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'Rodham' Review

Charles EP M.

Well-known member
Published by SLP
Yeah, "the writing part of the writing is very good" should be a thing most writers try for!

The lack of policy, and Sittenham's quoted "yeah so?" about it, do strike me as weird and worth criticising in a book about a politician. If you're going to argue This Would Be Better, we surely have to see how, it can't just be personality based. (Obviously a lot of readers disagreed but I disagree with them so checkmate!)

One thing that has always struck me: it's a book about two people still alive and married, saying "wouldn't it have been better if they weren't?"
That feels a bit Wrong in a way most AH politician stuff doesn't.
 

M_Kresal

I am nerd, hear me bore.
Published by SLP
Location
North Alabama
A superb review, @SpanishSpy. A review that makes me both want to read it still (as it's been on TBR list for a bit now, as we talked about elsewhere) and makes me think I'm going to be a tad frustrated with it when I do.

The more AH I read and indeed write, the more right I think you are about writers falling into the temptation of trinketization. Indeed, reading the review, I can't help but wonder if this would have worked better as a Roman a clef like what George Bernau did with JFK and the mid-sixties in Promises To Keep (which I'll be reading in the near future). But, if Sittenfeld had done that, would as many people have read it?
 

Coiler

Connoisseur of the Miscellaneous
Published by SLP
Location
Nu Yawk
Pronouns
He/Him
But, if Sittenfeld had done that, would as many people have read it?
This is a weird example of something actually being written/pushed as alternate history for the sake of marketing. Almost always (especially in "pop epic" fiction of this kind), it's the opposite-something that could easily be considered "AH as a setting" but isn't labeled as such because there's no financial gain in doing so. (Or, in an extreme case like Gragg's The Red Line, being clumsily turned from a historical into a contemporary setting).

(And yes, I do find works of fiction involving real, living, politically prominent people uncomfortable)
 

SpanishSpy

Well-known member
Late response because my procrastination knows no bounds.

I honestly think this is the best review you've written, @SpanishSpy . Critical but also evenhanded.
It's a book where there's a lot to unpack - I find it easier to write about books like that. Being crafted by a 'literary' author certainly helps.

Certainly worthwhile to consider about what the quality of prose you could be aiming for is regardless of anything else.
I had a conversation with @Beata Beatrix once in one of the Zoom calls where we agreed that alternate historians generally need to read more widely, to improve prose quality and literary craft. I can tell that both Harry Turtledove and Kim Stanley Robinson are like that (the latter experiments more with form), and it's what I aspire to be. Of course, I'll probably end up a latter-day Ignatius Reilly.

Yeah, "the writing part of the writing is very good" should be a thing most writers try for!

The lack of policy, and Sittenham's quoted "yeah so?" about it, do strike me as weird and worth criticising in a book about a politician. If you're going to argue This Would Be Better, we surely have to see how, it can't just be personality based. (Obviously a lot of readers disagreed but I disagree with them so checkmate!)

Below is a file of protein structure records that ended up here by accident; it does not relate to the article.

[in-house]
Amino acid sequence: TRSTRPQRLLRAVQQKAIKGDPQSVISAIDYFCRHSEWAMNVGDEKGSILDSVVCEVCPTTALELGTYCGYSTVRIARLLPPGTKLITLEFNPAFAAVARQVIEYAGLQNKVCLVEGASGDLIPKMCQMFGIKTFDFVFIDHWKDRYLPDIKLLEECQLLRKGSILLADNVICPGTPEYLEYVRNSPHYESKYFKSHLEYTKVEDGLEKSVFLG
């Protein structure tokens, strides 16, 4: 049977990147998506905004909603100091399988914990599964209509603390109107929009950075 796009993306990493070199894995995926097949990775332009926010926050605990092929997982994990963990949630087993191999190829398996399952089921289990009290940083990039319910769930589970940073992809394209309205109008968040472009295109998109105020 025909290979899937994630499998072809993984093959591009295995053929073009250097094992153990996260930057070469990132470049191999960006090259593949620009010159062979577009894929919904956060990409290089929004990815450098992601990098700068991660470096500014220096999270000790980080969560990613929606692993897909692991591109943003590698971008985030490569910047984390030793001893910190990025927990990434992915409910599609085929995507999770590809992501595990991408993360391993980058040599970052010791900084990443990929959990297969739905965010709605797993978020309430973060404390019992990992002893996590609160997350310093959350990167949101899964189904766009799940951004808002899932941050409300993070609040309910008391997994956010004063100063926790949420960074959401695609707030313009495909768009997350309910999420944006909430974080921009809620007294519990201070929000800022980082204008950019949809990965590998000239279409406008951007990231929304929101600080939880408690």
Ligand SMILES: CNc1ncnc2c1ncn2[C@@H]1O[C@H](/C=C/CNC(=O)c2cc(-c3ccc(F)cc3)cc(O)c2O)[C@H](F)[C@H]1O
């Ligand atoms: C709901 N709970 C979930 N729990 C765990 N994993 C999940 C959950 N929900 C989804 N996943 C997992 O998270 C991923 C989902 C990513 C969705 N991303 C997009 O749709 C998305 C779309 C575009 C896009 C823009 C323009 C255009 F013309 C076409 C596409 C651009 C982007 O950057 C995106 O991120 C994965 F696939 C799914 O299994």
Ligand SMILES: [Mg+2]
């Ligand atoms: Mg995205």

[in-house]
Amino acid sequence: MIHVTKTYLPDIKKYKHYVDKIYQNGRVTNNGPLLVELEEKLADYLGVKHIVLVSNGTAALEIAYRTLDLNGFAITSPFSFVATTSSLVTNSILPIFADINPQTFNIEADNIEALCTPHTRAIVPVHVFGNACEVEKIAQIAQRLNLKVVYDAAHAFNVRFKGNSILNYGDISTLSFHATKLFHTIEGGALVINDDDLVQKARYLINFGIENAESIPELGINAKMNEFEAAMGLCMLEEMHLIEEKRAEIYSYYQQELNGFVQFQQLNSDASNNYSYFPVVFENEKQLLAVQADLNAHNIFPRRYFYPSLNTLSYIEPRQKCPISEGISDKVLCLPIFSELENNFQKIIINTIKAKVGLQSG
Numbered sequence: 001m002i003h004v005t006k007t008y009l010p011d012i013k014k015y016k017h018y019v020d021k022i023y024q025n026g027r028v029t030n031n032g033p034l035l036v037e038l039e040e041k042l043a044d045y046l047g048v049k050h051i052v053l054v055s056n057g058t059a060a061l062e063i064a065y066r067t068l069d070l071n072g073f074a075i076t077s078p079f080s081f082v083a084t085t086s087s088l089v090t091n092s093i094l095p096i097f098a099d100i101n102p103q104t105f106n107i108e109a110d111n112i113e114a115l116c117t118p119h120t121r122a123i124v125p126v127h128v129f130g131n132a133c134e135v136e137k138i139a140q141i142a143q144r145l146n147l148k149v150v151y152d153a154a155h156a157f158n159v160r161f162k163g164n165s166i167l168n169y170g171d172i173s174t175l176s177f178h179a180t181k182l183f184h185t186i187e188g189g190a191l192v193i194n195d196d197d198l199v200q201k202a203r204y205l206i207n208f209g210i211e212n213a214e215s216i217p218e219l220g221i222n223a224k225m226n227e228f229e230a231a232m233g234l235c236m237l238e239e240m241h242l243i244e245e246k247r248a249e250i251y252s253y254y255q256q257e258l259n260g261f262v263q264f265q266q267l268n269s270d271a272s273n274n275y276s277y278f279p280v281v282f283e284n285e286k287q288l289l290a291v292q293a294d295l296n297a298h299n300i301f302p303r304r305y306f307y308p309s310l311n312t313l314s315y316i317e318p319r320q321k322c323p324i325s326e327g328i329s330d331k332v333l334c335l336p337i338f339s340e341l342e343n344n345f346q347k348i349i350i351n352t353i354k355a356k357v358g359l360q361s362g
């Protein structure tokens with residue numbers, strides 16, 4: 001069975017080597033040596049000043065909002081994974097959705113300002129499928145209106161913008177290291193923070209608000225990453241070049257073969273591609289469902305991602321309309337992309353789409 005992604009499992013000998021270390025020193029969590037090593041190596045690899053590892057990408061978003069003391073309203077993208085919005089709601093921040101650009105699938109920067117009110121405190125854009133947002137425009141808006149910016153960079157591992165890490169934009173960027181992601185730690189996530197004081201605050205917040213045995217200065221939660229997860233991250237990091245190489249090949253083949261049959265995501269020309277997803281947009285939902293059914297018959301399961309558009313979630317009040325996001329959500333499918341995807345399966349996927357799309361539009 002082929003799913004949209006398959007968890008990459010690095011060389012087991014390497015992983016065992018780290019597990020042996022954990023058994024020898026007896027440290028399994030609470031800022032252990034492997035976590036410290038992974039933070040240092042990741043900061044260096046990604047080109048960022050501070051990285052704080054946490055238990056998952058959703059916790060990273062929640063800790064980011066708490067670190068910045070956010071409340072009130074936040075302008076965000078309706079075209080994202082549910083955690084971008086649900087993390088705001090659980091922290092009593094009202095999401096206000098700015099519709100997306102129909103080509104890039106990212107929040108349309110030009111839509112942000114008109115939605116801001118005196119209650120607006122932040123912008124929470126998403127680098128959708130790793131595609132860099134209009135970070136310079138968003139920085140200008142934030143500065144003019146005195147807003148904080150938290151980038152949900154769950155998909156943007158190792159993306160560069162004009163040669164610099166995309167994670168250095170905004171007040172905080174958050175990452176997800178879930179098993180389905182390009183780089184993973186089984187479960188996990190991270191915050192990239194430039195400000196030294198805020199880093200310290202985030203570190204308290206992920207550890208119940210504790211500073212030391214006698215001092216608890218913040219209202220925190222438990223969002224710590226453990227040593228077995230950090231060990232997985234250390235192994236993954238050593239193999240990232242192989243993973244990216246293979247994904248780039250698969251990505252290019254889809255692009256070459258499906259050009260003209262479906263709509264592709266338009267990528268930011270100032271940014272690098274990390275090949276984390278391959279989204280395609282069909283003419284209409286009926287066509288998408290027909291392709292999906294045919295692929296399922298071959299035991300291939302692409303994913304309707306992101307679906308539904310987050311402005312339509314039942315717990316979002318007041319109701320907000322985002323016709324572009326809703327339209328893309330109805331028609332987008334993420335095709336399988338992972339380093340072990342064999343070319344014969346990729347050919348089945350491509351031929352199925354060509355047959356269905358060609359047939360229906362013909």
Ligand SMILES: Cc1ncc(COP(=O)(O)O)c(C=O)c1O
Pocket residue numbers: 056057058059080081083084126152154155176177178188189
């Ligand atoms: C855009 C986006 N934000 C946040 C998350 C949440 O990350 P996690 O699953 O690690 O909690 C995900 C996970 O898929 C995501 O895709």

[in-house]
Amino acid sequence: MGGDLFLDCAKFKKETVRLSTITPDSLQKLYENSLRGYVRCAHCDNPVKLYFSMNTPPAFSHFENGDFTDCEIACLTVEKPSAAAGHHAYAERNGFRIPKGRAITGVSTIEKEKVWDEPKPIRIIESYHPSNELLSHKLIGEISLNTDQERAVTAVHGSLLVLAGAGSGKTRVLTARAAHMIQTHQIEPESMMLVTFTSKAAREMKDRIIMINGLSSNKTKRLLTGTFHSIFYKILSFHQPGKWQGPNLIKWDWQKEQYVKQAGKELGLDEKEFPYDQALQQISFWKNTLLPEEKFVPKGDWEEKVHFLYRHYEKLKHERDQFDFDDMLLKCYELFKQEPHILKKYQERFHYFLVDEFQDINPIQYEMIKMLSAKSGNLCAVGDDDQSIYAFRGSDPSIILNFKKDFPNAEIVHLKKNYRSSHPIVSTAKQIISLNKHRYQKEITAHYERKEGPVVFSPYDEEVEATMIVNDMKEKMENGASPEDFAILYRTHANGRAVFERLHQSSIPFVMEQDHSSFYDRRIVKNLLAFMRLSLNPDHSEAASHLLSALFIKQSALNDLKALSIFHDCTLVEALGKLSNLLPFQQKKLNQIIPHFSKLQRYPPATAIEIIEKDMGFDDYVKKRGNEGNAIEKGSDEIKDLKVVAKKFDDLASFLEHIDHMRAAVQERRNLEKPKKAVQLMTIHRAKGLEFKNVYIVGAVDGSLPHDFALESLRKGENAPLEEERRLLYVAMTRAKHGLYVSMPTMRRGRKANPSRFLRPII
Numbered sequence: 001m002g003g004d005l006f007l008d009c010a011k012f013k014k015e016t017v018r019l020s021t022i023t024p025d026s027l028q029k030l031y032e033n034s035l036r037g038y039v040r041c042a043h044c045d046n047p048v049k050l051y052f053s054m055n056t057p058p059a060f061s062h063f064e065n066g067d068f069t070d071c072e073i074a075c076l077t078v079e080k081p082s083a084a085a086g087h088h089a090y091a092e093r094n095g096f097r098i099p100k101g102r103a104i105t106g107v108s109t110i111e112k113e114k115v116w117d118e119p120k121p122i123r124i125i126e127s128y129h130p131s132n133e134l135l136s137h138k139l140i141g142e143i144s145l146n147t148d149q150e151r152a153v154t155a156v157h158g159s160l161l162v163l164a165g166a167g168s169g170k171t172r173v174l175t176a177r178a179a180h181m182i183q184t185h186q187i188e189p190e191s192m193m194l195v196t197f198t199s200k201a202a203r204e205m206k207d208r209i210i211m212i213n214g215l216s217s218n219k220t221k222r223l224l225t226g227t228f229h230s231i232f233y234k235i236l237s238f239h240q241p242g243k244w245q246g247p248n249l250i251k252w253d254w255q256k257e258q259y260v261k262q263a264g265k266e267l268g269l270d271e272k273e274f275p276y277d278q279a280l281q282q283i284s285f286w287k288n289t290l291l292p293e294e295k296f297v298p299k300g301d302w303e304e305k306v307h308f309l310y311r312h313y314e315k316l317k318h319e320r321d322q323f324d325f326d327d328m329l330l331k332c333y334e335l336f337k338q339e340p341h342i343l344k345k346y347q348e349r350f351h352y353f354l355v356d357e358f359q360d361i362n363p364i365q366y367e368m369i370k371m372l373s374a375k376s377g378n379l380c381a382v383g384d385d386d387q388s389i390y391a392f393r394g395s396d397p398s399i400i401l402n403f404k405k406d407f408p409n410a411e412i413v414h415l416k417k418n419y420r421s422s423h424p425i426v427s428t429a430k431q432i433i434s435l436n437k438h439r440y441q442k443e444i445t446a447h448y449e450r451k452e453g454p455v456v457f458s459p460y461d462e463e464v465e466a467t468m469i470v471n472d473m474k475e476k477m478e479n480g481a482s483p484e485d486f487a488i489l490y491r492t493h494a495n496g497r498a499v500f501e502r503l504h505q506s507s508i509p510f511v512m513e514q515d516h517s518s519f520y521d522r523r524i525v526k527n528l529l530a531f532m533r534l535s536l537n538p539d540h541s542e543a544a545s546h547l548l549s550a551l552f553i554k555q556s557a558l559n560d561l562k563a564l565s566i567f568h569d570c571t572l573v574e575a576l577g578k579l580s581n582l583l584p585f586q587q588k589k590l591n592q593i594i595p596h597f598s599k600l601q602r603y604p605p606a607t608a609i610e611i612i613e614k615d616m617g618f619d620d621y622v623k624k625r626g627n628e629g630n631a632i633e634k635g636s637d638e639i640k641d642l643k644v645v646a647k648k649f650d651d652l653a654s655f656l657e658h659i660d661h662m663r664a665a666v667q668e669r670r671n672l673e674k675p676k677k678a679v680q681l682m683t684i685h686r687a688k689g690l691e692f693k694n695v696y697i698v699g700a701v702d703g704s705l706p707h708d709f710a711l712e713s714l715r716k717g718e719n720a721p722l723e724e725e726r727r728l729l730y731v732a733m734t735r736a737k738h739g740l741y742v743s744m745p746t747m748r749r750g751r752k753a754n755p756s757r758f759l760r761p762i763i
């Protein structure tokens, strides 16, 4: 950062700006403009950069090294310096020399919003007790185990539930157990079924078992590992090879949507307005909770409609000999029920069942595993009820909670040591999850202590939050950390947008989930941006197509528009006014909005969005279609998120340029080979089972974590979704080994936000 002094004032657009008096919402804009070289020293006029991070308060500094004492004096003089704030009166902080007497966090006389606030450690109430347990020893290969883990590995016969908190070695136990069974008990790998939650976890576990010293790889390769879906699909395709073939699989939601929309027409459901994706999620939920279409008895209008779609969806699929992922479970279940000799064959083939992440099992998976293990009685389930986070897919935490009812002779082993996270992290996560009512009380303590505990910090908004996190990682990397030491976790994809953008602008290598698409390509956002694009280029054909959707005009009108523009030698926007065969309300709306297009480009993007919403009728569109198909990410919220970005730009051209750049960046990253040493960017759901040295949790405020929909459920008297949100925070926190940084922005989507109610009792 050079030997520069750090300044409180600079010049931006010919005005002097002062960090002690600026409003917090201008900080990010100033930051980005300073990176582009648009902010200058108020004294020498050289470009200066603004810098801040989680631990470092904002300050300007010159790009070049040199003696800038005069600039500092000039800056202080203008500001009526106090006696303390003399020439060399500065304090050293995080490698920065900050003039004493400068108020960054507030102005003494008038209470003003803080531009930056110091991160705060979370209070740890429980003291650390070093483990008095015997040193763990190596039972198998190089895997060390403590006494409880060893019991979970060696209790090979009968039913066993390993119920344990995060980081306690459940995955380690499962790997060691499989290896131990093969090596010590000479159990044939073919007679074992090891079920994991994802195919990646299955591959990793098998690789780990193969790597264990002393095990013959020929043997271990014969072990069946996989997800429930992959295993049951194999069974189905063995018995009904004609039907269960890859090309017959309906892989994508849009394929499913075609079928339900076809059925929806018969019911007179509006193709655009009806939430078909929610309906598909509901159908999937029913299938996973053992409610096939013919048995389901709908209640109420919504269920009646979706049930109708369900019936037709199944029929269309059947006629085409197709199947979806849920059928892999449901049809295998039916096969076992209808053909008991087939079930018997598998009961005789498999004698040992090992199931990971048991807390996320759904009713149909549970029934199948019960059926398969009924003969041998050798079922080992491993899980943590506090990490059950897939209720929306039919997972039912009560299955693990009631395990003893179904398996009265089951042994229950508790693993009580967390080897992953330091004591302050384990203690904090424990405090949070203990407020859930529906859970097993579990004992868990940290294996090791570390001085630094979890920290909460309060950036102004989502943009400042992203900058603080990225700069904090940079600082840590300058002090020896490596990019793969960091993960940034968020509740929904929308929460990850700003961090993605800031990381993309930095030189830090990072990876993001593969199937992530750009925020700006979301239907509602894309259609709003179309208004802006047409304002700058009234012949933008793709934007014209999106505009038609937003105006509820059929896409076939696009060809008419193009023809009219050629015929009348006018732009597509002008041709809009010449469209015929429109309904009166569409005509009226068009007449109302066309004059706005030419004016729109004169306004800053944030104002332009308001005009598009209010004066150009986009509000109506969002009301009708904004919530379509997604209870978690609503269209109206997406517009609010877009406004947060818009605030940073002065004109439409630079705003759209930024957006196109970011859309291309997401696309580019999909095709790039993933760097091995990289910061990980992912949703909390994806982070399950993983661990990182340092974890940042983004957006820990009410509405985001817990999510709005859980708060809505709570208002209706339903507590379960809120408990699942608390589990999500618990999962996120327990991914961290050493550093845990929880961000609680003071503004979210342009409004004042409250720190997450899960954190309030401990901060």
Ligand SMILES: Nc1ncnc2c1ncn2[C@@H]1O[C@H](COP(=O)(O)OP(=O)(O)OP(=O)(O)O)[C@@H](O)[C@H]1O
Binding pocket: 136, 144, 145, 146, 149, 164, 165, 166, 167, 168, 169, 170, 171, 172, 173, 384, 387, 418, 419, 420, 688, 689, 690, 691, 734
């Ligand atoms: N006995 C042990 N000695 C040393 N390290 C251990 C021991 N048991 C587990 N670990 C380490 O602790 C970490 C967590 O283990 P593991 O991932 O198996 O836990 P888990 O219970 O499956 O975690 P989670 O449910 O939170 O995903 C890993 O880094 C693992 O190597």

One thing that has always struck me: it's a book about two people still alive and married, saying "wouldn't it have been better if they weren't?"
That feels a bit Wrong in a way most AH politician stuff doesn't.
The book very much treats Hillary as a symbol of a vaguely defined and yet overbearingly arrogant form of upper-class progressivism, who is treated as being enough by virtue of existing. I like Andrea Long Chu's phrasing of it as Sittenfeld thinking that she's the first person to discover that women are people.

Alex's review is balanced, fair and insightful but I must admit I also really like the review from the jewish chronicle by Andrea Long Chu he linked to which just rips the book and the author to shreds.
I agree with Sittenfeld on one thing regarding that review: it is very well written.

A superb review, @SpanishSpy. A review that makes me both want to read it still (as it's been on TBR list for a bit now, as we talked about elsewhere) and makes me think I'm going to be a tad frustrated with it when I do.

The more AH I read and indeed write, the more right I think you are about writers falling into the temptation of trinketization. Indeed, reading the review, I can't help but wonder if this would have worked better as a Roman a clef like what George Bernau did with JFK and the mid-sixties in Promises To Keep (which I'll be reading in the near future). But, if Sittenfeld had done that, would as many people have read it?
'Frustrating' is a very good word to describe it. I feel like Sittenfeld was so close conceptually to getting something that was workable, but she ultimately didn't care enough to do so.

And I agree that the whole AH aspect acts as effectively a marketing ploy-cum-wish fulfillment for a certain sort of progressive.
 

Charles EP M.

Well-known member
Published by SLP
One thing that stood out:

It is a phenomenally odd experience to read Hillary Rodham as a fawning law student and Bill Clinton as Casanova in a romance that can get rather steamy, and physically detailed to boot.
which I bet is weirder to read than if you're reading about fictional characters Diane Rockingham and Clint Blythe who are Clintony figures. But of course, at college he was a Casanova to her fawning law student and their romance got steamy & physical! Still unsettling to get reminded of it, like if a book about Theresa May opened with her fussing over a dog and going "oosa good boy OOSA GOOD BOY" or something.
 
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